Lolita between Adaptation and Interpretation
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Geisteswissenschaften, Kunst, Musik / Fotografie, Film, Video, TV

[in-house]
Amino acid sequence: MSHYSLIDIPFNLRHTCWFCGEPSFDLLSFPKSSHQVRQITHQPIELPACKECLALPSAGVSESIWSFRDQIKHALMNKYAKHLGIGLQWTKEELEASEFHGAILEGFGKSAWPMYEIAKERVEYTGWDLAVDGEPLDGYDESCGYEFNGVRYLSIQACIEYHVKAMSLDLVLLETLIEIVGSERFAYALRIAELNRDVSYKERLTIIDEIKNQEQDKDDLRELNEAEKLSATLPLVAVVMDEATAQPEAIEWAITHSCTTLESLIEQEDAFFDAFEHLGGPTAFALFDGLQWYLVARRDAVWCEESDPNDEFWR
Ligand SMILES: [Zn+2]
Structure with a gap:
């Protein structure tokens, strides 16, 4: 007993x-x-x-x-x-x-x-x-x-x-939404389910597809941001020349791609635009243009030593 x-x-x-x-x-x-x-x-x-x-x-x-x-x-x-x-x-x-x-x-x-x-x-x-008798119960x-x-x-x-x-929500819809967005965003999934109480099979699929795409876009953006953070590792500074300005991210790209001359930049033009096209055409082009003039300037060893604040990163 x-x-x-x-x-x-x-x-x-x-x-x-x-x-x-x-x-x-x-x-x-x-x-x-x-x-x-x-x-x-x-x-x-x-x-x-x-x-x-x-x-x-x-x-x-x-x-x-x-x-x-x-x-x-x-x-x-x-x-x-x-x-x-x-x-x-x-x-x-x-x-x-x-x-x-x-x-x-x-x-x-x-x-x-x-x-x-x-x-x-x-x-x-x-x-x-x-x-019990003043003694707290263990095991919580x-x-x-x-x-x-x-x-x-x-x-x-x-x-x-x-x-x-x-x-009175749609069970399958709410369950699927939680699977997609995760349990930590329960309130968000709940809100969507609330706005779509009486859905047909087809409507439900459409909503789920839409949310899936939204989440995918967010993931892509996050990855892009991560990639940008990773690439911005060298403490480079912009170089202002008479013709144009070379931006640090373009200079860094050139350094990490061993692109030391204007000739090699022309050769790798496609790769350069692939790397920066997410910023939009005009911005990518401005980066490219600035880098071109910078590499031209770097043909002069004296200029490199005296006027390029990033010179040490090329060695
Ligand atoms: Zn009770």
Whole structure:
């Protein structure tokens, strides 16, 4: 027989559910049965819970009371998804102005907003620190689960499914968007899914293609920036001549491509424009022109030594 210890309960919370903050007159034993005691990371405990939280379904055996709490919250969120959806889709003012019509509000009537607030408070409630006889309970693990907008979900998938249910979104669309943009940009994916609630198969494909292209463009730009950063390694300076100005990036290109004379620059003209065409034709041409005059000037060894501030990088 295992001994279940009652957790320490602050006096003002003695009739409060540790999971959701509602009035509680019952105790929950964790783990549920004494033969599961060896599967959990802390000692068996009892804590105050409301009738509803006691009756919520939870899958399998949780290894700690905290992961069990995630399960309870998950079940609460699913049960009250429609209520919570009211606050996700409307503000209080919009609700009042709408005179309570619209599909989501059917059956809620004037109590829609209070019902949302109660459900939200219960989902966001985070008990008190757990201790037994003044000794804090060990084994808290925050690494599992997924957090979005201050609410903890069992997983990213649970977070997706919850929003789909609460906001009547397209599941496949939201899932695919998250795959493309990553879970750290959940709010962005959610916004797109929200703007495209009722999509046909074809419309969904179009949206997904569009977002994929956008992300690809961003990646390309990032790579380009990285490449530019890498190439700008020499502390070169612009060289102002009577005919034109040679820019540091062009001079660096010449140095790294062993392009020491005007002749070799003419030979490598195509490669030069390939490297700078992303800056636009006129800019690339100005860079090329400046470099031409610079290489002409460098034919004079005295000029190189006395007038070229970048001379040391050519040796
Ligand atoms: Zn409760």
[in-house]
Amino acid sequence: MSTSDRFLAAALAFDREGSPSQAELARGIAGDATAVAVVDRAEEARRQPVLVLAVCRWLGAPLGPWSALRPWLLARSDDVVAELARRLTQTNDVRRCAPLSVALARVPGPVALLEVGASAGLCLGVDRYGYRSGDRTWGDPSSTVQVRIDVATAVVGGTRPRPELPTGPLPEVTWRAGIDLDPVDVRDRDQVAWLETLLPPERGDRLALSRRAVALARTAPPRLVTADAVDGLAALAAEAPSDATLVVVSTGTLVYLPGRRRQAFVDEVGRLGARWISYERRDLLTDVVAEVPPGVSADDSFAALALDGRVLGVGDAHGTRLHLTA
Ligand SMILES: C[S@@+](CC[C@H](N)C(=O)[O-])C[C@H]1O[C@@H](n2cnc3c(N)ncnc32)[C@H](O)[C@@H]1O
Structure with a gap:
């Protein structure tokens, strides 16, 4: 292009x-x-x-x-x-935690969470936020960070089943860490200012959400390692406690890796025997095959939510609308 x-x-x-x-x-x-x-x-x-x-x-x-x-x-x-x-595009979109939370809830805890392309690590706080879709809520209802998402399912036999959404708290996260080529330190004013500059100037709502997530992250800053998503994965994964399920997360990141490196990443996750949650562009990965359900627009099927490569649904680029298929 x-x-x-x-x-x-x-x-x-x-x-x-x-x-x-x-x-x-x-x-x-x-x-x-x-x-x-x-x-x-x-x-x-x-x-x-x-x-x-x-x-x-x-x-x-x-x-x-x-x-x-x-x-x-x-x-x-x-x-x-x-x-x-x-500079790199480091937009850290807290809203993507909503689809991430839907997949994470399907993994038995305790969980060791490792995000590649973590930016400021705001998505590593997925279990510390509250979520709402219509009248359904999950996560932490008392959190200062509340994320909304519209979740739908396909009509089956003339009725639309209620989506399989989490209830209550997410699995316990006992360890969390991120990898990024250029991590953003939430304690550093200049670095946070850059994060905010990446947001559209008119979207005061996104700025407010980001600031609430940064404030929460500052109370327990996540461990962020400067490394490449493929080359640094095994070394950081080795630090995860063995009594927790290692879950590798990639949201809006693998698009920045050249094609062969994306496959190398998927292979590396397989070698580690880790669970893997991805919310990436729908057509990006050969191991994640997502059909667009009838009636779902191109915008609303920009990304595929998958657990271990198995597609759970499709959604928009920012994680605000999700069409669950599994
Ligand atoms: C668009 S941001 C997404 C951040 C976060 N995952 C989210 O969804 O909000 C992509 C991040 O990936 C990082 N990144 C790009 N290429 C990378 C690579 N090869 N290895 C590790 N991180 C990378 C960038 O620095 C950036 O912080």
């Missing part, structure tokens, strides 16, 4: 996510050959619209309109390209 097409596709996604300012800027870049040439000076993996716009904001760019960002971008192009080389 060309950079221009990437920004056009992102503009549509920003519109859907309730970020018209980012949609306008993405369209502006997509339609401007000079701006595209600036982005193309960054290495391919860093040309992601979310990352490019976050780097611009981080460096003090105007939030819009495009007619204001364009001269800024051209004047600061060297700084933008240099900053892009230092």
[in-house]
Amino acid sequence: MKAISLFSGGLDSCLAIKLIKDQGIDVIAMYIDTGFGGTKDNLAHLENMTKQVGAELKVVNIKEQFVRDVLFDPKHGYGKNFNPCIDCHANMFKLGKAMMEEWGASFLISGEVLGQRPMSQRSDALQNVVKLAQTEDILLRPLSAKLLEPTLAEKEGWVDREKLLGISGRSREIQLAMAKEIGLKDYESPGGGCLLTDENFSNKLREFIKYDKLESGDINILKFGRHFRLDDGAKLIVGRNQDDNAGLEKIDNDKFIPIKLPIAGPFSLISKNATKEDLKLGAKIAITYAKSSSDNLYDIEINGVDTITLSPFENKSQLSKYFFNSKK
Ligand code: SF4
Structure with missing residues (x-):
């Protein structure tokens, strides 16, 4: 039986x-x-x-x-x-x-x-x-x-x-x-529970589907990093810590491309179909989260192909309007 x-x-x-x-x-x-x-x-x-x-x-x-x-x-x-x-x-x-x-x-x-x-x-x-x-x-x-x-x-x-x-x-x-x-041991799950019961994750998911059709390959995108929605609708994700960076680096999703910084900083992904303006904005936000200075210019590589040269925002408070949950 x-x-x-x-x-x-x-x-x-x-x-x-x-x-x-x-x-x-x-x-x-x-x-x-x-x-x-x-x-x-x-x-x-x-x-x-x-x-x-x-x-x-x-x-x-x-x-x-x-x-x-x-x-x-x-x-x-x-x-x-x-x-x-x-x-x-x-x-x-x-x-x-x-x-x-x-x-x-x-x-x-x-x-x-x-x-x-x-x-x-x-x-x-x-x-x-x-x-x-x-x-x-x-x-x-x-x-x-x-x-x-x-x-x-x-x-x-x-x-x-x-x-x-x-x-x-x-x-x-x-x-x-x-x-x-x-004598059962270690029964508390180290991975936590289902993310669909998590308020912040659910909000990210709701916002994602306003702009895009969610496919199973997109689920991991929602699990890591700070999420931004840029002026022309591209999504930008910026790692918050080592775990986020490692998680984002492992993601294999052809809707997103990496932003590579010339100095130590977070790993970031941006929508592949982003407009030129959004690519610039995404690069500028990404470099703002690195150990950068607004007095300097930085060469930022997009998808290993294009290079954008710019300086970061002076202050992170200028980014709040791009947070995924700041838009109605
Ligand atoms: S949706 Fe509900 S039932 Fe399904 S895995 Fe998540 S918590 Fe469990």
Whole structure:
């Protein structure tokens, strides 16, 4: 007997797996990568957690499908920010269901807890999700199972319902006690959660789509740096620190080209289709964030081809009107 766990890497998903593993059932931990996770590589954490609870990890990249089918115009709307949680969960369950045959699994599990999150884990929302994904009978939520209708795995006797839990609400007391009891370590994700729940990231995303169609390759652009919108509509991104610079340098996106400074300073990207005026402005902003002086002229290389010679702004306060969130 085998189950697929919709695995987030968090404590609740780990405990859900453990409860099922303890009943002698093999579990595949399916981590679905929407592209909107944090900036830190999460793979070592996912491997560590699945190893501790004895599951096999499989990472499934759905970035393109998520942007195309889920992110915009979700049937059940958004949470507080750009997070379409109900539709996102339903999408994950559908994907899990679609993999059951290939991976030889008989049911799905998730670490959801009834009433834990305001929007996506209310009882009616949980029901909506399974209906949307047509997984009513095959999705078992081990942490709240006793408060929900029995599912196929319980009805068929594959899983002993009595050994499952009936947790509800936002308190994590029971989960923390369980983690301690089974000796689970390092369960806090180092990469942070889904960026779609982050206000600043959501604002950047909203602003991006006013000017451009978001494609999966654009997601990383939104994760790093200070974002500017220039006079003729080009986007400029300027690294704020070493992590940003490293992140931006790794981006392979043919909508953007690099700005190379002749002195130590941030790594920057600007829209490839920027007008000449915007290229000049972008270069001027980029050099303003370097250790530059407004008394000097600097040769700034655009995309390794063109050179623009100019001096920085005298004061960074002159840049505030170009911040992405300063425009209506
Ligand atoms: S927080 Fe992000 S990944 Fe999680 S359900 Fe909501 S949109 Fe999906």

This book offers a comparative analysis of three versions of Vladimir Nabokov's Lolita: namely, the original novel (1955), the script written by the novelist himself and published as Lolita: A Screenplay (1974), and Stanley Kubrick's film based on Lolita's storyline (1962). Kubrick's final product oscillates between adaptation and interpretation, as it draws from both Nabokov's novel and script, but also uses the improvisational talents of the cast, eventually rendering the director's firm auteurial hand clearly visible throughout the film. The book analyses how various additions and subtractions made first by Nabokov as a scriptwriter, and later by Kubrick as a movie director, influence the reception of the four main characters: Lolita, Humbert Humbert, Charlotte Haze, and Clare Quilty. The original novel's multilayered web of intertextual references - among them the works of Edgar Allan Poe and the typically Nabokovian critique of Freudian theories - becomes significantly reduced in the script and the film, with Kubrick additionally enriching the film version of the story with cinematic references. While Lolita the novel has been extensively researched and commented upon, and some criticism on the two film versions (Kubrick's 1962 production, and Lyne's 1997 film) is also available, the scope of Lolita: Between Adaptation and Interpretation includes in its analysis the text of Nabokov's original screenplay, which - although ultimately not used by Kubrick - provides fascinating insights into how the writer himself envisioned his own creation rendered in a movie adaptation. Kubrick's work departs significantly from the contents of both the novel and the screenplay, being closer to an auteur's interpretation of the original piece than its adaptation.